What Will You Study in the Higher Politics Course?

What Will You Study in the Higher Politics Course?

Hannah Young
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Higher Politics Units.pdf

Click through the sides above to see all of the topics that are covered in this course.

Politics makes a distinctive contribution to the curriculum through its study of important political concepts and ideologies, the comparison of different political systems, and the evaluation of factors that impact on the electoral performance of political parties.

Candidates develop knowledge and understanding of key political concepts. The theoretical perspective of the course enables candidates to identify, explore and analyse political issues in order to develop their own views and perspectives. Candidates develop analysing and evaluating skills during the course which help them to interpret and understand political issues.

Candidates develop:

  • knowledge and understanding of:

— significant political concepts and ideologies

— political systems through comparative study

— political parties and elections

  • the ability to analyse and evaluate political ideas, events, issues, systems, parties and electoral performance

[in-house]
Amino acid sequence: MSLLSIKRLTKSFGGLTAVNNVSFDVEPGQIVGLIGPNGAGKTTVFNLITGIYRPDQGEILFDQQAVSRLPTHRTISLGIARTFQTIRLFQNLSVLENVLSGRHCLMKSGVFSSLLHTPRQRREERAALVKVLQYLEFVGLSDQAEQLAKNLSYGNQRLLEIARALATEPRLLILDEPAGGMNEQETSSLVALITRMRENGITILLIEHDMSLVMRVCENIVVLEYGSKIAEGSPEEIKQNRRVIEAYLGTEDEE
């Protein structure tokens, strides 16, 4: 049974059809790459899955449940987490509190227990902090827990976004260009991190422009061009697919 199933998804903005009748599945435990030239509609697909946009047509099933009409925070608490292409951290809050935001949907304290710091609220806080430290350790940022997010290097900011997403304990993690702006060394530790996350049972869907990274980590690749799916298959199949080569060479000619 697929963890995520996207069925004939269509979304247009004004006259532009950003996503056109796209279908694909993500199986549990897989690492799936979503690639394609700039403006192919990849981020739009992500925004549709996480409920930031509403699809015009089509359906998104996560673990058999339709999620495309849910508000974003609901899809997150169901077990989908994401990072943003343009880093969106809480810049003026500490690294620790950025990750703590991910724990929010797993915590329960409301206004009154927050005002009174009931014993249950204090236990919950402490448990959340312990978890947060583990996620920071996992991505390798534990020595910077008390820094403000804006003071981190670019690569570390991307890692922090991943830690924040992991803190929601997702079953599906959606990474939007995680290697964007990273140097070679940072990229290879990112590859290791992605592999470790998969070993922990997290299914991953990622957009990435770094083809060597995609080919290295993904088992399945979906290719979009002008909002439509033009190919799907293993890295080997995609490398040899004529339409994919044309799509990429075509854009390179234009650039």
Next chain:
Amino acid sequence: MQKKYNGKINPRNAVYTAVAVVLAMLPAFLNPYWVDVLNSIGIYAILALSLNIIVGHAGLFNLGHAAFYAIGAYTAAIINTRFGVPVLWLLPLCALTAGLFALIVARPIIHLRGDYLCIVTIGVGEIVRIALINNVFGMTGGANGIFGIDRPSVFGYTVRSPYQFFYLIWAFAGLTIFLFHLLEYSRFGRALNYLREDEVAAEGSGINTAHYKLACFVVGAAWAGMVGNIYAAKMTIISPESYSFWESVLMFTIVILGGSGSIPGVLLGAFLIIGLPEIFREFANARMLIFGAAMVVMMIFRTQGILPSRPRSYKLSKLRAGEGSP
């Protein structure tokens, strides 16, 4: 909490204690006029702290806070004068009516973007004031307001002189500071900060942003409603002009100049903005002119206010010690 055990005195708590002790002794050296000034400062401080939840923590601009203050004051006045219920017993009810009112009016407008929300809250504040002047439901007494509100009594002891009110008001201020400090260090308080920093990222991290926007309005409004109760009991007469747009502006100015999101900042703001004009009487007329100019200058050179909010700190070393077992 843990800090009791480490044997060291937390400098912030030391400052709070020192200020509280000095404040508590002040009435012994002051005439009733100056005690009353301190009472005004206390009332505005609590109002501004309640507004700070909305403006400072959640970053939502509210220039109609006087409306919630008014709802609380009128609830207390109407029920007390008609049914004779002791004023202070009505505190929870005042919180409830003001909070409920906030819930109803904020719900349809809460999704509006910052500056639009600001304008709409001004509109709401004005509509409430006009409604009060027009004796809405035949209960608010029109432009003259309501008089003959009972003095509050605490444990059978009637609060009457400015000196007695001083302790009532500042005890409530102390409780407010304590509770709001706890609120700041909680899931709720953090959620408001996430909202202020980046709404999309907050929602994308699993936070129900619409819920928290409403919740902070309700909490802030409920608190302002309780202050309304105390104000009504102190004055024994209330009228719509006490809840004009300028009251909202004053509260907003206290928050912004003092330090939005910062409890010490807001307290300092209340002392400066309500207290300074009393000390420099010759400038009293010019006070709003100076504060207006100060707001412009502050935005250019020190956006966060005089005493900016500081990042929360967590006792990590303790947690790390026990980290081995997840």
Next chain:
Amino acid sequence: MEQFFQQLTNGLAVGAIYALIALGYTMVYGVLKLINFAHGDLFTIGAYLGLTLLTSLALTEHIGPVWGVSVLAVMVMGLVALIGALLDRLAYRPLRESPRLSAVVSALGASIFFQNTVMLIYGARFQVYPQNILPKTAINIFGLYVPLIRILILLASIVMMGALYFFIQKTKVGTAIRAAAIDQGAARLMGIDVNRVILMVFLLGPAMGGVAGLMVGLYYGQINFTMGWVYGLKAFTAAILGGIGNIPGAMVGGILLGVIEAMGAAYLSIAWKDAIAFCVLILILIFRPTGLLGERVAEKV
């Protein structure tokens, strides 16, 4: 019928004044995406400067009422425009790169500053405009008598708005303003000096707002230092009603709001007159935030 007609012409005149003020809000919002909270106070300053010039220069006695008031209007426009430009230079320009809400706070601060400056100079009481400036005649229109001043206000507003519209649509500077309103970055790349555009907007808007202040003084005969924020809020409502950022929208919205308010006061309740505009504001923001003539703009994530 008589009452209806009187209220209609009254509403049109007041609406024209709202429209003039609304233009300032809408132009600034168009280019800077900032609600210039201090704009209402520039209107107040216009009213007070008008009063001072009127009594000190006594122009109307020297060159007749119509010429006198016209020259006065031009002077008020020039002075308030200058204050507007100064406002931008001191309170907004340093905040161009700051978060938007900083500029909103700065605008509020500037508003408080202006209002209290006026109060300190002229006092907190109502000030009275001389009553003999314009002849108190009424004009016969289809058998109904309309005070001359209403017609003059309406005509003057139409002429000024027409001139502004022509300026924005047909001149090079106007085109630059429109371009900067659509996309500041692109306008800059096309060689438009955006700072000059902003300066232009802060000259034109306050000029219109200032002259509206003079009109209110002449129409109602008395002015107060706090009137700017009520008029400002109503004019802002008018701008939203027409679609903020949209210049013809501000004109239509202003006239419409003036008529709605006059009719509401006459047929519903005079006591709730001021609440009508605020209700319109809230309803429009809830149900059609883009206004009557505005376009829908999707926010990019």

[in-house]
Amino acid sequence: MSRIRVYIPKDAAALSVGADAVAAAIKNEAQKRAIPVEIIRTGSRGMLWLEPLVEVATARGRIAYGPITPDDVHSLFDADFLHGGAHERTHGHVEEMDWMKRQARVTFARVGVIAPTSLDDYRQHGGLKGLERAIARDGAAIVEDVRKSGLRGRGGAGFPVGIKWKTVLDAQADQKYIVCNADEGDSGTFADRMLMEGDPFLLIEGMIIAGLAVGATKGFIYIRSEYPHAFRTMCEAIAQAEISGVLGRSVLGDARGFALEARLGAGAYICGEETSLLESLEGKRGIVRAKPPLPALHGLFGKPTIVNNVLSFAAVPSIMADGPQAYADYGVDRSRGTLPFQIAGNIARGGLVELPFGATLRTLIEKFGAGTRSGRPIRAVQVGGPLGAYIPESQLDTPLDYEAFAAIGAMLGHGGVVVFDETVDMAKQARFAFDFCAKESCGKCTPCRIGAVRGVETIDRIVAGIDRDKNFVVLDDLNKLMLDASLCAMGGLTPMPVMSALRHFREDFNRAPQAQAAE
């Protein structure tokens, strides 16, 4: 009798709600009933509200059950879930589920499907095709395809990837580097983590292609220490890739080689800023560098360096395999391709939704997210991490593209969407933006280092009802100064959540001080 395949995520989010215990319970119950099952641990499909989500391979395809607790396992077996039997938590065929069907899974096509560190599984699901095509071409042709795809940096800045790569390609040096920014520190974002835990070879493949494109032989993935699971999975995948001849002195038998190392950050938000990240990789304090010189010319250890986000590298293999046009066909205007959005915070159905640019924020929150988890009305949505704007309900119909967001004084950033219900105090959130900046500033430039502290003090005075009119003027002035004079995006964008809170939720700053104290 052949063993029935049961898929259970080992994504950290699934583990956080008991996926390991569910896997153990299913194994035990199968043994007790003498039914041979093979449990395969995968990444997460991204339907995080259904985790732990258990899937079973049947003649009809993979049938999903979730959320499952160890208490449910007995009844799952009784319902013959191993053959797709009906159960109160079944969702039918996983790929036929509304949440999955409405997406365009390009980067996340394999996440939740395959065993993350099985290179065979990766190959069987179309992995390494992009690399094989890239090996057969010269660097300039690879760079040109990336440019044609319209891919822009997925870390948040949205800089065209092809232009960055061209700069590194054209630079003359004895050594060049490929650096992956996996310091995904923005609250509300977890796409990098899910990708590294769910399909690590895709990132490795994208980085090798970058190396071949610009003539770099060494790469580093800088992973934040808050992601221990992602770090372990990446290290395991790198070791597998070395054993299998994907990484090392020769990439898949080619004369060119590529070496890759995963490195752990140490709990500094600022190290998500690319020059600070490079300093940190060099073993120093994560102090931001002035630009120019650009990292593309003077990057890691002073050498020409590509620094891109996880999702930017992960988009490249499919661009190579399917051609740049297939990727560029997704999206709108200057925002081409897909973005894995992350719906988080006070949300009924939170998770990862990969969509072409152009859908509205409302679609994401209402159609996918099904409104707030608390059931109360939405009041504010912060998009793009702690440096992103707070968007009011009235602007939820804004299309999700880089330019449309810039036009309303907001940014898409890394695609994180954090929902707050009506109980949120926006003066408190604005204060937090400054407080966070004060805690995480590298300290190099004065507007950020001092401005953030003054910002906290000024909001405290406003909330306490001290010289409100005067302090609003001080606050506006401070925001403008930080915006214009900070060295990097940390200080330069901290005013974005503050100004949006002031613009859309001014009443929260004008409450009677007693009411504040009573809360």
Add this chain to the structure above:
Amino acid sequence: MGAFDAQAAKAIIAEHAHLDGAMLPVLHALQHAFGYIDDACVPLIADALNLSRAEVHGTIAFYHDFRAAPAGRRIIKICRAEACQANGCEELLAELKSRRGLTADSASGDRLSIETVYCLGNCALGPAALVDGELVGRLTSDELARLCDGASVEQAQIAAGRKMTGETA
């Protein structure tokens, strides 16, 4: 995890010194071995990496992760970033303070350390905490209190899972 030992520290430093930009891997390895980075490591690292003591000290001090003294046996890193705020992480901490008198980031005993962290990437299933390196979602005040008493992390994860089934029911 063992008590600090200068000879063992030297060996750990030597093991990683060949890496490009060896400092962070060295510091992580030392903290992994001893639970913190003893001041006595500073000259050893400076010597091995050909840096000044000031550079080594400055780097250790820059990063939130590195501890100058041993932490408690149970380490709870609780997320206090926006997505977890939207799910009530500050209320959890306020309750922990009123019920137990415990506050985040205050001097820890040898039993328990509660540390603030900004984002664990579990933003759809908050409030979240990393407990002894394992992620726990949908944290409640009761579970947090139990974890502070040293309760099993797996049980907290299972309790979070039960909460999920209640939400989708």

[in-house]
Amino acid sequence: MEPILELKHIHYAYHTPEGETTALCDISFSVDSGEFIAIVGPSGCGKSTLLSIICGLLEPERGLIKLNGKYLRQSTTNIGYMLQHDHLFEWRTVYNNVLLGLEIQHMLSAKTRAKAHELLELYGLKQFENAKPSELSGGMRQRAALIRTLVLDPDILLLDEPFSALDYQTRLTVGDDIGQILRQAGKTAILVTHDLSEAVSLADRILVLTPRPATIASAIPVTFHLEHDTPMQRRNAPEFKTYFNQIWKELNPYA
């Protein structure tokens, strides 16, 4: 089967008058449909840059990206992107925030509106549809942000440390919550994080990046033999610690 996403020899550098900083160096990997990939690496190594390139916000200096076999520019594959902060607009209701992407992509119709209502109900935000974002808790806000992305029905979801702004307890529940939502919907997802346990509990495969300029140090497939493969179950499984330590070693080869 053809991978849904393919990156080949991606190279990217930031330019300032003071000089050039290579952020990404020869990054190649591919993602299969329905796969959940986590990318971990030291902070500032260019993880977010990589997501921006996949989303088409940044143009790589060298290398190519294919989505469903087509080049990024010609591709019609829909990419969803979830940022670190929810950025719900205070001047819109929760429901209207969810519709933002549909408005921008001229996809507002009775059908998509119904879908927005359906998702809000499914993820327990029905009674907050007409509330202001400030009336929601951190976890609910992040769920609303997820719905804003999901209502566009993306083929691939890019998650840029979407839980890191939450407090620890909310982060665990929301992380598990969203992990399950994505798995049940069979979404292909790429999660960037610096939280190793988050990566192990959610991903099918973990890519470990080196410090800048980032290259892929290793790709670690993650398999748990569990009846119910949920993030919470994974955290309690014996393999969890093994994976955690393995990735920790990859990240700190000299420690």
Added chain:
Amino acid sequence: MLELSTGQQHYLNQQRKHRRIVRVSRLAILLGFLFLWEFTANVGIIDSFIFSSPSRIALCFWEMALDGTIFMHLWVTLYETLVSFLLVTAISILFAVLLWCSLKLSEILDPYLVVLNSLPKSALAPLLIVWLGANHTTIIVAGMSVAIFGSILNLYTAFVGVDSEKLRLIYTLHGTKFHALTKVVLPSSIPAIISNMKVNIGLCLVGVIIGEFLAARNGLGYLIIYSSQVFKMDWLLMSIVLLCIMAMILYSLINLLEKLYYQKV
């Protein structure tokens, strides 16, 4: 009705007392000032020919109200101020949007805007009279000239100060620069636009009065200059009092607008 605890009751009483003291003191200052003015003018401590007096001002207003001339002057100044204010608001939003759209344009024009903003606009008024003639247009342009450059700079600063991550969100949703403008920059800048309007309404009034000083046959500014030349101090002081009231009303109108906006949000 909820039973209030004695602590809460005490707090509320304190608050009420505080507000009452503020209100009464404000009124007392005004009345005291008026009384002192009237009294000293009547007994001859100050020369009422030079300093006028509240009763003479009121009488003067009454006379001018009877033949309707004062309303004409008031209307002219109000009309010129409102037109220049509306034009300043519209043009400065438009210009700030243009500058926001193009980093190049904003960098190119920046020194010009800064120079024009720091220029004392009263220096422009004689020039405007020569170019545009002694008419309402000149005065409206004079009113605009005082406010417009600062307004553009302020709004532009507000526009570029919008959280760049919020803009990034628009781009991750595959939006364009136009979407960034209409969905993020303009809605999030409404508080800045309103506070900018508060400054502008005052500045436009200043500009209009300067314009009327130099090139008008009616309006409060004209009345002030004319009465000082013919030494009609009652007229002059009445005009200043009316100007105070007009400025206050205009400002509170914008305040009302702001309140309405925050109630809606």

• a range of research, data-handling and evaluating skills.

If you going to sit the final examination you will be expected to answer questions in two separate question papers:

Paper 1: 

This question paper has three sections: Political theory, Political systems, and Political parties and elections. Candidates demonstrate the application of skills and breadth of knowledge and understanding from across the three sections of the course. 

There are two 20 mark extended response questions to and one 12 mark extended response question to answer. The 12 and 20 mark questions may appear in any section of the paper.


Paper 2:

This question paper has a total mark allocation of 28 marks. This is 26% of the overall marks

for the course assessment.

This question paper enables candidates to demonstrate the following skills:

  • comparing information about political theories, systems and parties
  • interpreting, evaluating and synthesising a wide range of electoral data

In this question paper, candidates answer two source-based, information-handling skills questions. One question is worth 8 marks and consists of two sources, and one question is worth 20 marks and consists of up to seven sources. Sources may be written, numerical, graphical or pictorial.